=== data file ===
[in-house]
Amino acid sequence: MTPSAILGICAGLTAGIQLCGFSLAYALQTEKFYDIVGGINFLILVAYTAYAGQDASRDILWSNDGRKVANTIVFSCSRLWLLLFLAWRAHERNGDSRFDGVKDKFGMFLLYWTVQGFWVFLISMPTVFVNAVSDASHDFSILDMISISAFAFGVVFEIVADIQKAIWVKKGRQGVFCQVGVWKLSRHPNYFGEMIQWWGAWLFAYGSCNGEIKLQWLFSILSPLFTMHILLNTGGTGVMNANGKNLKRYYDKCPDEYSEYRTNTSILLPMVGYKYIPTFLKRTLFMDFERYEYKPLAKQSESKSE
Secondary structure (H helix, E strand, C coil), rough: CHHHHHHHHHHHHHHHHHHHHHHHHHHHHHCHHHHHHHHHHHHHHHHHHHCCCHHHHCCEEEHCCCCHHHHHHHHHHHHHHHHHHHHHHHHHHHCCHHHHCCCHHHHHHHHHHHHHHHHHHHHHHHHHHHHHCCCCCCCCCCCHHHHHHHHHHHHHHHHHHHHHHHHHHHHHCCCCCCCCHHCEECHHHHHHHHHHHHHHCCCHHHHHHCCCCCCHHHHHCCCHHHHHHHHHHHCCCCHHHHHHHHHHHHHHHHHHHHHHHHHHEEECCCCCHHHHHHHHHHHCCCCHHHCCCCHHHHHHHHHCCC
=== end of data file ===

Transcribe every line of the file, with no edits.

[in-house]
Amino acid sequence: MTPSAILGICAGLTAGIQLCGFSLAYALQTEKFYDIVGGINFLILVAYTAYAGQDASRDILWSNDGRKVANTIVFSCSRLWLLLFLAWRAHERNGDSRFDGVKDKFGMFLLYWTVQGFWVFLISMPTVFVNAVSDASHDFSILDMISISAFAFGVVFEIVADIQKAIWVKKGRQGVFCQVGVWKLSRHPNYFGEMIQWWGAWLFAYGSCNGEIKLQWLFSILSPLFTMHILLNTGGTGVMNANGKNLKRYYDKCPDEYSEYRTNTSILLPMVGYKYIPTFLKRTLFMDFERYEYKPLAKQSESKSE
Secondary structure (H helix, E strand, C coil), rough: CHHHHHHHHHHHHHHHHHHHHHHHHHHHHHCHHHHHHHHHHHHHHHHHHHCCCHHHHCCEEEHCCCCHHHHHHHHHHHHHHHHHHHHHHHHHHHCCHHHHCCCHHHHHHHHHHHHHHHHHHHHHHHHHHHHHCCCCCCCCCCCHHHHHHHHHHHHHHHHHHHHHHHHHHHHHCCCCCCCCHHCEECHHHHHHHHHHHHHHCCCHHHHHHCCCCCCHHHHHCCCHHHHHHHHHHHCCCCHHHHHHHHHHHHHHHHHHHHHHHHHHEEECCCCCHHHHHHHHHHHCCCCHHHCCCCHHHHHHHHHCCC